December 2010


#6 – Journey – “Don’t Stop Believin’” – (1981)

This song was a top ten hit upon its initial release (#9). It’s been a mainstream radio staple for 30 years and its popularity in the past 10 years is equal, if not greater than, when it was first released. This song is in the top 25 most downloaded (iTunes) songs of all time. This song has been in too many movies and TV shows to list, although I will say that it was famously in the final scene of The Sopranos. The opening keyboard gives this song away immediately, and when Steve Perry’s blasting vocals build to that final crescendo, you really feel it. People, and I’ve noticed this a lot among younger and younger generations, love this song. Rightfully so.

#7 – Pet Shop Boys – “West End Girls” – (1986)

This is the best synthpop song ever. Period. It was a #1 single – rightfully so. Brilliant opening lyrics: “Sometimes you’re better off dead / there’s a gun in your hand and it’s pointing at your head / you think you’re mad / too unstable / kicking in chairs and knocking down tables / in a restaurant / in a West End town / call the police / there’s a madman around / running down / underground / to a dive bar / in a West End town.” Then the chorus starts about the “East End boys and West End girls.” The opening lyrics are delivered very straightforwardly – mostly spoken. This song has the unique ability to draw you into it without you noticing. It almost puts you in a trance. It’s dark, urban, and terrifying. “Here today / built to last / in every city and every nation / from Lake Geneva to the Finland station.” Then there’s those haunting backing vocals. And I have to mention it – probably the best spoof of any song I’ve ever heard is a takeoff of this by Flight of the Conchords called “Inner City Pressure.” For what it is, it is brilliant.

#8 – Harold Faltermeyer – “Axel F.” – (1984)

Beverly Hills Cop is absolutely one of the best movies of the 80s. I honestly do not see you anyone could argue otherwise. This was the theme from that movie and it too is amazing (the title comes from the movie’s main character Axel Foley). It’s instrumental synthpop but it is so recognizable. It’s popped up all over the place since and has to be the most instantly recognizable songs from the 80s. Harold Faltermeyer is a German film composer who did this and the theme from Top Gun. But as far as mainstream success goes, this was it.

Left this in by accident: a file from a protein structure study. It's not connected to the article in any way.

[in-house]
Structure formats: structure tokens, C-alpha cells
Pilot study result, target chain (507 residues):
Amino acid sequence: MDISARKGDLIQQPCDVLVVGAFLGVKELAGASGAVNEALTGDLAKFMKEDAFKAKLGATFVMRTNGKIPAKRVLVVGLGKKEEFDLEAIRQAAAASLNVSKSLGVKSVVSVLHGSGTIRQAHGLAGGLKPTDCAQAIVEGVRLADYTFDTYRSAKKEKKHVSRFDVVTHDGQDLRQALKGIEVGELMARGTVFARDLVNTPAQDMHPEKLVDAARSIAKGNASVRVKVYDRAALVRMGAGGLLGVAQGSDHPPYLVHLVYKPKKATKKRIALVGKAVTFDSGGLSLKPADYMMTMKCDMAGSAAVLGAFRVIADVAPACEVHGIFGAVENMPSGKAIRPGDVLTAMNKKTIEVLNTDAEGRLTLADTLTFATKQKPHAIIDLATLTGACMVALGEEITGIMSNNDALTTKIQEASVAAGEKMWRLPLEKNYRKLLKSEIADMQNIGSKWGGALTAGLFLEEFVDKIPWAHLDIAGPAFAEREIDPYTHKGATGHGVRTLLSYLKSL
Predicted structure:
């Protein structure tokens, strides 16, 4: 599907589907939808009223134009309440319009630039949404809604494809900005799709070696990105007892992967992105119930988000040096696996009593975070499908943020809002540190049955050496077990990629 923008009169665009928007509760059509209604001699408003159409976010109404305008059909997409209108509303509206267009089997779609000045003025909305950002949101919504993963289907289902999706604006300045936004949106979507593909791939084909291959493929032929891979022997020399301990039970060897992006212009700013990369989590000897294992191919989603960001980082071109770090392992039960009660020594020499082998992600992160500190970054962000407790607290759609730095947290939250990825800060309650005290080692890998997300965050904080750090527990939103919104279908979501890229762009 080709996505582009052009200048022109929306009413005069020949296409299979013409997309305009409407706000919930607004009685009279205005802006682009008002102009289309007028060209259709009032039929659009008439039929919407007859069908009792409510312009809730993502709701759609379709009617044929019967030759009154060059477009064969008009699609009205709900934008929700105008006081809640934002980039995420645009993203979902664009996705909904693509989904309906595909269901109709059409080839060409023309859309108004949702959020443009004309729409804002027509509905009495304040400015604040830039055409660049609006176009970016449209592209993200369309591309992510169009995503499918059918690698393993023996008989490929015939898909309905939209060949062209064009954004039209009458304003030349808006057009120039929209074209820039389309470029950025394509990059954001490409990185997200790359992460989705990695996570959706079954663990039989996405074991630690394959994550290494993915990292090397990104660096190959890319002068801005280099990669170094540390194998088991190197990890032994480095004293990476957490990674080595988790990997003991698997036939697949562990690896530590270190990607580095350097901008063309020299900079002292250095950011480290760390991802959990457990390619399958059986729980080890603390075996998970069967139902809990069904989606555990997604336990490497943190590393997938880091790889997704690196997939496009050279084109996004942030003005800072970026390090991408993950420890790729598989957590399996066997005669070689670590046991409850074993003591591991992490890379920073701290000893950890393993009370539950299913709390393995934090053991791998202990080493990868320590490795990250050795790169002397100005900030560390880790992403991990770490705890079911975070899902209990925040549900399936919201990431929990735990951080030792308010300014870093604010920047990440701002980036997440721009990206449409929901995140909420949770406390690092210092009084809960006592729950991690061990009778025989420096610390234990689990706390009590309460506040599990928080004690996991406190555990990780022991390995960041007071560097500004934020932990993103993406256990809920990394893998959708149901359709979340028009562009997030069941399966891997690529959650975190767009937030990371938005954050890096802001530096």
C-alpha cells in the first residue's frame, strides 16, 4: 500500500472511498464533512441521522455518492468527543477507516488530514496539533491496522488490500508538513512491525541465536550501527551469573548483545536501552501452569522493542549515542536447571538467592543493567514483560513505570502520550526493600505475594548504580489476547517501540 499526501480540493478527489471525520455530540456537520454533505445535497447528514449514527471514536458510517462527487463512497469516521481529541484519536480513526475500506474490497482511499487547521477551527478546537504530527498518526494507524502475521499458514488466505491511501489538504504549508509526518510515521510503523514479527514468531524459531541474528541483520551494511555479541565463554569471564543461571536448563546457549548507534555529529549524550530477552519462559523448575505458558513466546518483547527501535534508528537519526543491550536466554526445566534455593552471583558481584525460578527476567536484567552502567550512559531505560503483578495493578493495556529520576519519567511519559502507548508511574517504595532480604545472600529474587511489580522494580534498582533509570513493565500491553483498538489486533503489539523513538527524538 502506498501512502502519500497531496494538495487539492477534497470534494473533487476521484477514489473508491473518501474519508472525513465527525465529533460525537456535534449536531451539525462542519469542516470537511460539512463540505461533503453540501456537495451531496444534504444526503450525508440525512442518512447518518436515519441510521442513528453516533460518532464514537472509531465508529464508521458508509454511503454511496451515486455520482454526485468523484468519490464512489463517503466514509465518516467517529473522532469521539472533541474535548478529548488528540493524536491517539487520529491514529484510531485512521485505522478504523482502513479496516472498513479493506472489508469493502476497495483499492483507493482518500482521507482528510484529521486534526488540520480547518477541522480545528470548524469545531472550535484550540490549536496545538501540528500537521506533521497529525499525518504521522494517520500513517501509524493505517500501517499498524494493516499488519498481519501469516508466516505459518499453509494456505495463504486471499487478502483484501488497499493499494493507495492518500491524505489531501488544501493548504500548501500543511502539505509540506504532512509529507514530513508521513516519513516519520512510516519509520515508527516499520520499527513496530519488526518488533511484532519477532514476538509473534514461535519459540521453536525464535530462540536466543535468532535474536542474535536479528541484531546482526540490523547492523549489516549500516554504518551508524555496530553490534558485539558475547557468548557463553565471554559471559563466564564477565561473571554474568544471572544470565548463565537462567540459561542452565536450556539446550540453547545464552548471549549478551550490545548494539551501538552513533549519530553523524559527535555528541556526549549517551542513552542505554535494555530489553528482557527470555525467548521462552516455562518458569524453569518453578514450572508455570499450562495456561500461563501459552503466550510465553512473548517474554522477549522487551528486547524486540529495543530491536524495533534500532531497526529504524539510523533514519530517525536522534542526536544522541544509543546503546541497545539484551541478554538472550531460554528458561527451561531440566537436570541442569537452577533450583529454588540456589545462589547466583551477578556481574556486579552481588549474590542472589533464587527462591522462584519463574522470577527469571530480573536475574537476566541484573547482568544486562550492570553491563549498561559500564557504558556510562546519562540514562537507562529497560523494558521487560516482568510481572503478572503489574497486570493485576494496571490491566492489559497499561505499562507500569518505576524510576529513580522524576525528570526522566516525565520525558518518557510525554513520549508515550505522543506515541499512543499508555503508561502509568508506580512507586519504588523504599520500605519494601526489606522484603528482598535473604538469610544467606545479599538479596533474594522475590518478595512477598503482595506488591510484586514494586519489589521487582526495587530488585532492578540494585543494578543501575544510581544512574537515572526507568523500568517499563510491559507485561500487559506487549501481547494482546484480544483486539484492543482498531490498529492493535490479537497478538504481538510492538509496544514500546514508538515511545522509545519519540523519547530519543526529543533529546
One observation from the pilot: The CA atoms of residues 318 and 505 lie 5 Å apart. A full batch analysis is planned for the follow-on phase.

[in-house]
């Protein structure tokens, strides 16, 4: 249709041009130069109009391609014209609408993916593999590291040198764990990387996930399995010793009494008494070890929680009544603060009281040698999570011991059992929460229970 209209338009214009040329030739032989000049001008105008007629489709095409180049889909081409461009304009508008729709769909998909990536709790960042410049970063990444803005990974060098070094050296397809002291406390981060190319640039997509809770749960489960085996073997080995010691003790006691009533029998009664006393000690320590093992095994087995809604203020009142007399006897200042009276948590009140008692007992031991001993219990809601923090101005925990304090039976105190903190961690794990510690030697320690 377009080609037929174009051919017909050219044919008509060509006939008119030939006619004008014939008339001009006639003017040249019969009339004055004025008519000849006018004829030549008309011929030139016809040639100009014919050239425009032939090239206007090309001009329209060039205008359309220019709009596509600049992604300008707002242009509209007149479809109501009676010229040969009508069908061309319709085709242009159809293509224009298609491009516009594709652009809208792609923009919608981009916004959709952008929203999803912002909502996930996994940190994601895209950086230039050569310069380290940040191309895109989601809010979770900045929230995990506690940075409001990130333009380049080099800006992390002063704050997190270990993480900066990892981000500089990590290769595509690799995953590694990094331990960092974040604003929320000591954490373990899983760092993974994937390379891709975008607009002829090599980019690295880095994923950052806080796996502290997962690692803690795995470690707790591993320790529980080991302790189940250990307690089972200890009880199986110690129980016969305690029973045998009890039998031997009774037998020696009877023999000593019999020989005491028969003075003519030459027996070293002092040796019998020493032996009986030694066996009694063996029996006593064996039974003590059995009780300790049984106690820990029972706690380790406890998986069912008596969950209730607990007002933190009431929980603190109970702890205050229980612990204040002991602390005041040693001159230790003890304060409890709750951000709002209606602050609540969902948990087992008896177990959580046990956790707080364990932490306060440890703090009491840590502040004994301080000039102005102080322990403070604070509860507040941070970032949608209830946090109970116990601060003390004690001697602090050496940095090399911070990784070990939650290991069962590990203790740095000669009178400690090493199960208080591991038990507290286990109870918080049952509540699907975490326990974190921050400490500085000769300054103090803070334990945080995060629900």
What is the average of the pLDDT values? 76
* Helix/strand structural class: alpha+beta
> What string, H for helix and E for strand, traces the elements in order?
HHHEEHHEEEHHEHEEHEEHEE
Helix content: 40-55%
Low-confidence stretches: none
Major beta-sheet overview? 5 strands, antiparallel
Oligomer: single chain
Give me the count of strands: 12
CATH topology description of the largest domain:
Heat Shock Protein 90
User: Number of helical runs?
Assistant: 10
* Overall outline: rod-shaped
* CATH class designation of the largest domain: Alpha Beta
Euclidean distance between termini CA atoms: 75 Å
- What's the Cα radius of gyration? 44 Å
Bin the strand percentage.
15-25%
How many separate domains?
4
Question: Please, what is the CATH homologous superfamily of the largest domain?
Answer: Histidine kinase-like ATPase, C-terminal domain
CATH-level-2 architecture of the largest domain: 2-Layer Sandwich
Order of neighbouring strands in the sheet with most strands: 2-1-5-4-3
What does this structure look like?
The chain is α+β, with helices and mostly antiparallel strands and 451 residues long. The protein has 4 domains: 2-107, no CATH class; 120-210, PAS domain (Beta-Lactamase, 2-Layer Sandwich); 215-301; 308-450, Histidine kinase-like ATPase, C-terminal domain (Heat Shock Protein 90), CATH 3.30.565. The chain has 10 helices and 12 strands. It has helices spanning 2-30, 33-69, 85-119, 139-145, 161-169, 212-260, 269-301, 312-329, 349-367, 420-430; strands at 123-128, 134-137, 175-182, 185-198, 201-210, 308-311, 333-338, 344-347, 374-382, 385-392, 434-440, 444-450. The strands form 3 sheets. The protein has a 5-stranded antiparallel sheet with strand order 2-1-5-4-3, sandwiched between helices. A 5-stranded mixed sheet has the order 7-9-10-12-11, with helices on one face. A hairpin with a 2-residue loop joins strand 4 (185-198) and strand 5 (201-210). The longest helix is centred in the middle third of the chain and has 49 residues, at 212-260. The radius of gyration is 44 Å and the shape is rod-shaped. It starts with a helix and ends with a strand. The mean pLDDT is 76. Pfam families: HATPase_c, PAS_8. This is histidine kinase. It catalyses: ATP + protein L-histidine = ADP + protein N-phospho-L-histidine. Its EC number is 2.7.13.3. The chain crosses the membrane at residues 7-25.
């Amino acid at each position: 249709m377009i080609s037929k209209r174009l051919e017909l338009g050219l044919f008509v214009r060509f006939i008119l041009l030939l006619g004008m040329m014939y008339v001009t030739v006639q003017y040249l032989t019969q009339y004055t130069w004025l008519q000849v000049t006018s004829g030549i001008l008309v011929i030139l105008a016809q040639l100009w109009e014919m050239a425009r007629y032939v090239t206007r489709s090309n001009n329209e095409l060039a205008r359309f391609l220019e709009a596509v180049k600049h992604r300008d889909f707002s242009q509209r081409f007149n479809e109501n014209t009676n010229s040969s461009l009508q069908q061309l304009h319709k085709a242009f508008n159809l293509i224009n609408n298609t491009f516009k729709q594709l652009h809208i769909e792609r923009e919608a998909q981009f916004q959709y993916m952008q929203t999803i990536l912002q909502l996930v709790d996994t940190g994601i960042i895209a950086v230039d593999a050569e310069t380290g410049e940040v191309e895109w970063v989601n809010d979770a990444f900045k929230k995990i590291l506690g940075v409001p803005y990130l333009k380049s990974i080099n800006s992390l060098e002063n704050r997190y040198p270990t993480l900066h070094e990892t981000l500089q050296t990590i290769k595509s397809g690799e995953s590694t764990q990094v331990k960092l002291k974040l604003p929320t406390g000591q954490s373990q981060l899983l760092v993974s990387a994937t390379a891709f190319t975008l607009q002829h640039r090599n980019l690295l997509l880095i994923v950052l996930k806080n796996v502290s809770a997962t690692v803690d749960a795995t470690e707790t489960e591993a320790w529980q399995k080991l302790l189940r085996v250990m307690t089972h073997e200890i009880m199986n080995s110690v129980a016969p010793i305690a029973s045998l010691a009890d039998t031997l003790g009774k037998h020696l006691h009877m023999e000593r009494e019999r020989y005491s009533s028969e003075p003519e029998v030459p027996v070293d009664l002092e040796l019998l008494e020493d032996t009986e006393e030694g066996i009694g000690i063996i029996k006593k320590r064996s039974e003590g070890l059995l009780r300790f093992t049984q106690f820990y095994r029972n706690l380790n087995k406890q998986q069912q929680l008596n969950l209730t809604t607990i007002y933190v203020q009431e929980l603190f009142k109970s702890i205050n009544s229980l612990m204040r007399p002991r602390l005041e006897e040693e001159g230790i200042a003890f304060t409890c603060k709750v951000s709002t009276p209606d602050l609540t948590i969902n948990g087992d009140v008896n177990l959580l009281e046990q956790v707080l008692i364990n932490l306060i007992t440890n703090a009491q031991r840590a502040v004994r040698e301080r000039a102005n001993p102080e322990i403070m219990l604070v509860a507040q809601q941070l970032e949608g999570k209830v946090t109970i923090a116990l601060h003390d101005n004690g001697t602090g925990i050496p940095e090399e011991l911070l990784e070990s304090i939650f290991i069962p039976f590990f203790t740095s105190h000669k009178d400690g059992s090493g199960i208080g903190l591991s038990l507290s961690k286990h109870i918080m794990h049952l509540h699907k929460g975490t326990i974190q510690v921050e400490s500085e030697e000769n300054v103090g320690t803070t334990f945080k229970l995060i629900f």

#9 – UB40 – “Red Red Wine” – (1983)

Here’s another tropical 80s hit. “Red Red Wine” was written and originally released by Neil Diamond in 1968, but it wasn’t anywhere near this much fun. This song was a #1 in the UK upon its first release in 1983. It didn’t hit #1 in the U.S. until 1988. Which is kinda weird. The last concert I was at was a UB40 concert (I know, right?) and they waited until the very end to perform this, and rightfully so, it is their signature song. But I really had to go to the bathroom and I didn’t want to miss it. So I had to stand there and dance for an hour before I finally heard it. Worth it. One thing I love is that when you listen to this song you picture a very Bob Marley-looking fellow singing it. Then you see this average looking white guy from Birmingham belting out these amazing lyrics with such perfection… it really throws you. I love it.

#10 – The Beach Boys – “Kokomo” – (1988)

“Kokomo” is interesting. By the late 80s, The Beach Boys were mostly a group for nostalgia freaks. Then 4 musical giants got together and wrote this song: John Phillips (from the Mamas & the Papas), Scott McKenzie (who had a huge single on his own), Mike Love (founding member of the Beach Boys), and Terry Melcher (who produced albums for The Byrds, and Paul Revere & the Raiders). After they wrote the song, it was used in the Tom Cruise movie Cocktail – to huge success – propelling the song to #1 – the first for the Beach Boys since 1966. It put the band back in the spotlight and introduced their music to a whole new generation. The song was included on the Boys’ 1989 album Still Cruisin’ as well as the Cocktail soundtrack.